Some of the protective equipment and clothing can be heavy or feel restrictive (e.g., plastic suits, respirators). Mechanical Technicians have to be comfortable being restricted in this manner, sometimes for extended periods. Also, OPG employees are required to wear OPG-provided safety clothing, in designated areas (e.g., hard hats, ear plugs).

Mechanical Technicians might have to crawl into confined spaces, work at significant heights (e.g., on floors with gratings that have 25 feet drops under the gratings), work in high heat locations (e.g., around hot, steam-producing equipment), work with chemicals varying in toxicity levels (e.g., hydrazine, ammonia), work in areas with limited fresh air circulation, and work in areas with high noise levels. Although these hazards are present in the workplace, controls are in place to always protect the safety of the workers.

Mechanical Technicians will be working indoors for the majority of their shift, under artificial light. They are on their feet for the majority of their day moving through large portions of the plant.

OPG has implemented highly secure locker room facilities, separated for men and women. Note that most Mechanical Technicians might be required to change into or out of their safety clothing frequently. Individuals will need to be/become comfortable disrobing in front of their same-sex colleagues because of nonpartitioned same-sex locker room facilities. As well, Mechanical Technicians have to be comfortable wearing safety clothing and undergarments provided by OPG.

Appealing Aspects of the Job

“What do other Mechanical Technicians like about the job?”

The Mechanical Technician position has some interesting and desirable aspects. Following are quotes from Mechanical Technicians as they describe what they like about their jobs.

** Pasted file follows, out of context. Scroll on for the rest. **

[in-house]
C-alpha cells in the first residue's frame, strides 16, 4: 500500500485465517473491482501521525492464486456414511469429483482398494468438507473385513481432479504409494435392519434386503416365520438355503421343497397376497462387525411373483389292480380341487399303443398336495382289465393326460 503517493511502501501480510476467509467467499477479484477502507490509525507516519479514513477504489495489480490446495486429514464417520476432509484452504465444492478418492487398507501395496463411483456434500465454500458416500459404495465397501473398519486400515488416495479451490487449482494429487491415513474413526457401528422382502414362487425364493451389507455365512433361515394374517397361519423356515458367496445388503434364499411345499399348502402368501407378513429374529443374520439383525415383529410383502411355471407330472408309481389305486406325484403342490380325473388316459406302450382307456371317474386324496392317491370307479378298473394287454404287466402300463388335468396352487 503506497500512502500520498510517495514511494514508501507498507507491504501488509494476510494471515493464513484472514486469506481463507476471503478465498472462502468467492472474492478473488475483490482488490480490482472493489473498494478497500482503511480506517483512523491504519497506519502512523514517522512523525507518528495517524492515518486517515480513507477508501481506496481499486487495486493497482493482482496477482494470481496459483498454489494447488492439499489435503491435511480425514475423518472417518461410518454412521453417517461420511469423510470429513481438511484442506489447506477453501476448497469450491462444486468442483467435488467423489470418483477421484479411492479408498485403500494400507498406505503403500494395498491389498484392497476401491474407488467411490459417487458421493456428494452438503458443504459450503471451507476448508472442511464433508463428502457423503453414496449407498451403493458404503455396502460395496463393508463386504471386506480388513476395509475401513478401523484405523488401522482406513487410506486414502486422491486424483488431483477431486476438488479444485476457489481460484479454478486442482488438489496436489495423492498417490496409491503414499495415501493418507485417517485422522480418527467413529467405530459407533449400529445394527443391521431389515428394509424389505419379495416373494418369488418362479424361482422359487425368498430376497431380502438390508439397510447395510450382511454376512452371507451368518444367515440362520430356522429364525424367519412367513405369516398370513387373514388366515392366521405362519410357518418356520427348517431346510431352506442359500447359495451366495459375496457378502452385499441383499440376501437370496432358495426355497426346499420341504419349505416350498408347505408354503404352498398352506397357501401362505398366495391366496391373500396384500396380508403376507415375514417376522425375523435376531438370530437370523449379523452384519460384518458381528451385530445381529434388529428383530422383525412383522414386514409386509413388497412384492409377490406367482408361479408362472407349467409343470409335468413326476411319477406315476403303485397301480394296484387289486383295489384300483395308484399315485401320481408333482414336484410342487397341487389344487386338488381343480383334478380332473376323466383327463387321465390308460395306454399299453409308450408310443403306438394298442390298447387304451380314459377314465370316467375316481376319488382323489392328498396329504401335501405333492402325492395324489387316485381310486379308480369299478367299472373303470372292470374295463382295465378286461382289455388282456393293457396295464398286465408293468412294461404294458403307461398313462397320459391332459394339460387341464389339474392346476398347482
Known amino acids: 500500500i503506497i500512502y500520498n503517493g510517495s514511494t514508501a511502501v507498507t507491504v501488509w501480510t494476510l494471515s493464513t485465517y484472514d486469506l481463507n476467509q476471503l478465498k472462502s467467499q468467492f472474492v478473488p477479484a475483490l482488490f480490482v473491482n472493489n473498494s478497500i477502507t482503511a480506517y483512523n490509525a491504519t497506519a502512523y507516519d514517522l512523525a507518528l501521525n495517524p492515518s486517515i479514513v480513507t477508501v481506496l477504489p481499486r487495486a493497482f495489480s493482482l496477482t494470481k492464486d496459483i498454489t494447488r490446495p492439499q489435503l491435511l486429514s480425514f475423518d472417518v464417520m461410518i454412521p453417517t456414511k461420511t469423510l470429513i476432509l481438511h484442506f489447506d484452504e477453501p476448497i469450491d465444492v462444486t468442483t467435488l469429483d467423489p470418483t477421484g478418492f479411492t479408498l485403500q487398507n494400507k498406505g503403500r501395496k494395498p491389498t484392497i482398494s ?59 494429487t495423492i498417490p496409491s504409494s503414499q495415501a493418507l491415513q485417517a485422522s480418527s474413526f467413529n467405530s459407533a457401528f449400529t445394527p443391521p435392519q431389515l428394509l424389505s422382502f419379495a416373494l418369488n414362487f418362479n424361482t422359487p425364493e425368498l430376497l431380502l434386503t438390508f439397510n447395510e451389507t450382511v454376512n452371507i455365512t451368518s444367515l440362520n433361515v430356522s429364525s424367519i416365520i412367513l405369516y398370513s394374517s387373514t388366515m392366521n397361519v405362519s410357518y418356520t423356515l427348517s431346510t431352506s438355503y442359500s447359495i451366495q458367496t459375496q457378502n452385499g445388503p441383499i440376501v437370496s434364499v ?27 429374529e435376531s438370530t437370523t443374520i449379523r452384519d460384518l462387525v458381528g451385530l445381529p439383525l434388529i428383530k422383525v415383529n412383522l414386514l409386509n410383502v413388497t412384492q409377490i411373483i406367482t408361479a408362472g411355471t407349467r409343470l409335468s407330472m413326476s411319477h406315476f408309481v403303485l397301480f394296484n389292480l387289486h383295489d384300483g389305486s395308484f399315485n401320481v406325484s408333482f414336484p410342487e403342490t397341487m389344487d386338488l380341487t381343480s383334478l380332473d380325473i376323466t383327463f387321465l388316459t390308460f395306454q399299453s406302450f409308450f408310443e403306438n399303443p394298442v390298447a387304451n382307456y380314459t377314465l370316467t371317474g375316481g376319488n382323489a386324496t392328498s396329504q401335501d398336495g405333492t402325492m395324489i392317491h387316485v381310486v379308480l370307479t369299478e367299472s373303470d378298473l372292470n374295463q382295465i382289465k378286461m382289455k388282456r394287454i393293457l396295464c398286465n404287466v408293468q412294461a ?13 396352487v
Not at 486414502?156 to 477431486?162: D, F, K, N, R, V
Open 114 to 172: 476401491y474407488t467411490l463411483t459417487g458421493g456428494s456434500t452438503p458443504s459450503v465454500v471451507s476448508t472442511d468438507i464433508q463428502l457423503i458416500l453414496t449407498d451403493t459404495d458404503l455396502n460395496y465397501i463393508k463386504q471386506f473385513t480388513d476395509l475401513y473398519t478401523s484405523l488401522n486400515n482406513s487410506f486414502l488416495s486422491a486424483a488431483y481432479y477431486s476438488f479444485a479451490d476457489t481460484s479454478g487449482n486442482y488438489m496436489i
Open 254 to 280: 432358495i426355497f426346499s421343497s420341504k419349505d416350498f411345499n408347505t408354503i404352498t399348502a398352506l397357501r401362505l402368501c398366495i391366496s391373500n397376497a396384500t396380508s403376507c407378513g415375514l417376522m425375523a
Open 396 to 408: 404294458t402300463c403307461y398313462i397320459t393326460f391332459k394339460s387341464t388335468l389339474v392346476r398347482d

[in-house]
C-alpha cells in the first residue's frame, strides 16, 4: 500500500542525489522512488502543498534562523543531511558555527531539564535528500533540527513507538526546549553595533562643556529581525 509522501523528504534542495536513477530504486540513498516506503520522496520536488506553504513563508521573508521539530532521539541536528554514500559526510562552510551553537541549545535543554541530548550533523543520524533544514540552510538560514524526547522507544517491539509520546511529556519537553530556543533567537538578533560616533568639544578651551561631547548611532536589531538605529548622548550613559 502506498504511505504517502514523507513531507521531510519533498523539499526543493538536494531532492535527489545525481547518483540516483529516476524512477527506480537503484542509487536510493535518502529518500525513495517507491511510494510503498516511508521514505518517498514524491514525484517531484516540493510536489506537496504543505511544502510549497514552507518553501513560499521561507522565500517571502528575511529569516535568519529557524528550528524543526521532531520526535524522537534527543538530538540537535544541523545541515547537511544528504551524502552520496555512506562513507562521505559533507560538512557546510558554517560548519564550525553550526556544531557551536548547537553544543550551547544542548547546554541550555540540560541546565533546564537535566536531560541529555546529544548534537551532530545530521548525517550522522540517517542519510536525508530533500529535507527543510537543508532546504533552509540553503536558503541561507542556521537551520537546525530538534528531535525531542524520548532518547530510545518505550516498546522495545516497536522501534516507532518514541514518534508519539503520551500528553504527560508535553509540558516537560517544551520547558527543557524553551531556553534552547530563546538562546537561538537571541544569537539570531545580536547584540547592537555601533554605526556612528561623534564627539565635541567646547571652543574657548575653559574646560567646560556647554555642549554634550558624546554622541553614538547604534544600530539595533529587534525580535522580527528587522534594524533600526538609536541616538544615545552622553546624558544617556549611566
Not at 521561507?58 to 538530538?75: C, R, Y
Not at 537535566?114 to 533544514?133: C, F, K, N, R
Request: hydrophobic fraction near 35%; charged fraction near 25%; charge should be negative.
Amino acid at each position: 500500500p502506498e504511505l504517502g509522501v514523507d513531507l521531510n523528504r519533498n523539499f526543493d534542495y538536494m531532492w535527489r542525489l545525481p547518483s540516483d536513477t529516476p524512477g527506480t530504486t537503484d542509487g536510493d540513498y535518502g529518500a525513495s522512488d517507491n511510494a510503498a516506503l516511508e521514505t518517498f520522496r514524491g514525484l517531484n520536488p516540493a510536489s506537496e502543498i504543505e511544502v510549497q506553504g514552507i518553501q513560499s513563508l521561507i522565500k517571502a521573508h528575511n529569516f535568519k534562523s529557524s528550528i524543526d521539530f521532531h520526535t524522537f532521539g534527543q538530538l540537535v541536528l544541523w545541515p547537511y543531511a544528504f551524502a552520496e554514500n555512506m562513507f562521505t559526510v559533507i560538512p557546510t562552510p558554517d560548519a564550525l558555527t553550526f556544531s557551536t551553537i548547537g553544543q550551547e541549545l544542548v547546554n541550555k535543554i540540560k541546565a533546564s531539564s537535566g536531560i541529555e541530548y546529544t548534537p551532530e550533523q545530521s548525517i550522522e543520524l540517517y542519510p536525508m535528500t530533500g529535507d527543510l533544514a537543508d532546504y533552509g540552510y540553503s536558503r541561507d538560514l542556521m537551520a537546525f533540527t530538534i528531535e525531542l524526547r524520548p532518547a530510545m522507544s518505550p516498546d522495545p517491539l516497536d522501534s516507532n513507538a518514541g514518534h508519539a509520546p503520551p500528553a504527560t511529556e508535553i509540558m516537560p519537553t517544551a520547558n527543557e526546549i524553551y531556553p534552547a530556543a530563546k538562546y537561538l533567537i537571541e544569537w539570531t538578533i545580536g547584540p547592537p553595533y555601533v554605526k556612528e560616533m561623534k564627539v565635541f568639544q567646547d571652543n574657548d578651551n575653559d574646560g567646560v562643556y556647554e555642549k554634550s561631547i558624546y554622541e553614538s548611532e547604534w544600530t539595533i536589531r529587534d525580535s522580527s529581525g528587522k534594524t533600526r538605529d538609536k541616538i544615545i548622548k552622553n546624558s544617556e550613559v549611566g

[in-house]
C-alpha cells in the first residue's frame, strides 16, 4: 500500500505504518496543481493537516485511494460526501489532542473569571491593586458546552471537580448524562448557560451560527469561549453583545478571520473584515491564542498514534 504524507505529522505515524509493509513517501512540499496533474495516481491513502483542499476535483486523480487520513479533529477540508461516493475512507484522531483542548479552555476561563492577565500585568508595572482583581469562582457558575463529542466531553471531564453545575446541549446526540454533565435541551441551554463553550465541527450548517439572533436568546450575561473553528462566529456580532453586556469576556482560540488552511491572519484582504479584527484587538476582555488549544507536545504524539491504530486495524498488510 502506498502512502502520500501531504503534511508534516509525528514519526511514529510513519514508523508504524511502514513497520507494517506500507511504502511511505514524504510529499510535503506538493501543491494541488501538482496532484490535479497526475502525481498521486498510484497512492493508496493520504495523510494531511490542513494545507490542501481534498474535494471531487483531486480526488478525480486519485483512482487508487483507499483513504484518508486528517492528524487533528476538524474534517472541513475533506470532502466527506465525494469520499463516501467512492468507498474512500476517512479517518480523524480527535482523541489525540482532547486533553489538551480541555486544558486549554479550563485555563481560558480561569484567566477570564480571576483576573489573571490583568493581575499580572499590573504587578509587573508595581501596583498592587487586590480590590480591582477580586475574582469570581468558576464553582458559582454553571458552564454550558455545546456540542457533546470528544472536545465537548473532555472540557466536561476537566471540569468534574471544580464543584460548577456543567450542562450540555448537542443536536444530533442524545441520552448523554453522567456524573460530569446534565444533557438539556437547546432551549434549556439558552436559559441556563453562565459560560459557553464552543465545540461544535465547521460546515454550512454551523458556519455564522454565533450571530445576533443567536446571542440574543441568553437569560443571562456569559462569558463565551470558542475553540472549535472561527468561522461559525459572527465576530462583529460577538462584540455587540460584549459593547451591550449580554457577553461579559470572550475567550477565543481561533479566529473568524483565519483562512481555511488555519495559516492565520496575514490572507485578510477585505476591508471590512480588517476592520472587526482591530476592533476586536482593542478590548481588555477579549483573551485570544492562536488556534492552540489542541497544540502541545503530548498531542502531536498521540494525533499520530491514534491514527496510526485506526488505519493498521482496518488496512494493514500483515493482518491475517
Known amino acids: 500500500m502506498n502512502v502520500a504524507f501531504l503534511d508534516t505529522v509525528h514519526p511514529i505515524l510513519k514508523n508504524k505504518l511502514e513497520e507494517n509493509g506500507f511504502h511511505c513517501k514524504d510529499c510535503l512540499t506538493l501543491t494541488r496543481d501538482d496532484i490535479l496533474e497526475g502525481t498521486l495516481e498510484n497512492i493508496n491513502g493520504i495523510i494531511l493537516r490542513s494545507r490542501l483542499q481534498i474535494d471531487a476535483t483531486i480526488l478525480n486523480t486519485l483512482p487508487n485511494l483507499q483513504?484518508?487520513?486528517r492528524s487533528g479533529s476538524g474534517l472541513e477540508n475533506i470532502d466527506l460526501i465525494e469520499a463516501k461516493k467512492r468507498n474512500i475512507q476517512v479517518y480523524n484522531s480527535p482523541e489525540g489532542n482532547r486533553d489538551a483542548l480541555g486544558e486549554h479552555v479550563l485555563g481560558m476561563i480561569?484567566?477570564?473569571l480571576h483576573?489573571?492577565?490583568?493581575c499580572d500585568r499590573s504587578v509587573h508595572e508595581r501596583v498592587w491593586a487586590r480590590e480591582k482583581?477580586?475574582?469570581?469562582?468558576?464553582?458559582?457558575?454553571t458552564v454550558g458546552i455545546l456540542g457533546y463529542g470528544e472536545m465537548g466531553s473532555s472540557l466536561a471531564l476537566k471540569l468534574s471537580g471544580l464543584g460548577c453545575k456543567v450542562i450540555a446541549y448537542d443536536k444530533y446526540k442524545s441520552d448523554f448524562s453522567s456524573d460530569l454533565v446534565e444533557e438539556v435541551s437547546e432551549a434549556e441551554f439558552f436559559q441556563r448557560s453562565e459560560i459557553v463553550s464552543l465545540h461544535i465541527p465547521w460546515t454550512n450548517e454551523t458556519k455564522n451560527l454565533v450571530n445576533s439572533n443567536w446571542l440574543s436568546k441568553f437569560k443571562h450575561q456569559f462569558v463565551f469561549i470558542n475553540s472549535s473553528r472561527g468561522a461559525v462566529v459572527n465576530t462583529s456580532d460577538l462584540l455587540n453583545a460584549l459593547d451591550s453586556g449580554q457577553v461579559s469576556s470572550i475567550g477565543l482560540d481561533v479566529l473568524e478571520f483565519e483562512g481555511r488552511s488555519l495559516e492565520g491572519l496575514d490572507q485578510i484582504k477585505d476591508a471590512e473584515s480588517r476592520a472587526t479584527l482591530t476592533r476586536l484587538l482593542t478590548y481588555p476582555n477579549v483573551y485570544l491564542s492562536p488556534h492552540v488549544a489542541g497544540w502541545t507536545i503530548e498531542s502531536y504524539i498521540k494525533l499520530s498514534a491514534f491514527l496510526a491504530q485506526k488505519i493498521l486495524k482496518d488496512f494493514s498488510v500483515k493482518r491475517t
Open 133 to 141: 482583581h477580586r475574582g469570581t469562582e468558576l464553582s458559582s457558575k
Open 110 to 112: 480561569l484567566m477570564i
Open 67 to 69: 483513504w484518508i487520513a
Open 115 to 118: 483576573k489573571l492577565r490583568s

OPG offers good pay and a very good benefits package. Their employees consider the compensation to be well-above industry averages for mechanical work.

Mechanical Technician Quote:
“We are here to do a job and we are very well-paid for it.”


OPG is very supportive of continuous knowledge development.

Mechanical Technician Quote:
“OPG is so open to providing you with training. If you find something job-relevant out there, they will pay for your training. It feels that you can go anywhere in this company because of that support.”


Some recent initiatives at OPG recognize employees for a job well done.

Mechanical Technician Quote:
“It makes you feel good when you’ve done something good for the crew or done a good job and get an “ACE” card. It is really nice to get recognized.”


OPG has a very strong safety culture – it maintains high safety standards and requires strict policy adherence.

Mechanical Technician Quotes:
“OPG’s safety standards are even more stringent than those required by the Canadian Nuclear Safety Commission (CNSC). For example, the CNSC has established strict limits on radiation exposure allowed. OPG has set even higher safety standards.”
“If you are concerned about the safety of a particular task, you can always raise the concern with someone. The goal at OPG is to ensure that everyone always maintains a questioning attitude. We/They will find a safer way of doing things.”

Unappealing Aspects of the Job

“What do other Mechanical Technicians find hard to deal with about the job?”
As with any job, there are aspects of the job that are less desirable, even negative in some cases, and challenging to manage. Following are quotes from Mechanical Technicians as they describe the more unappealing aspects of their job.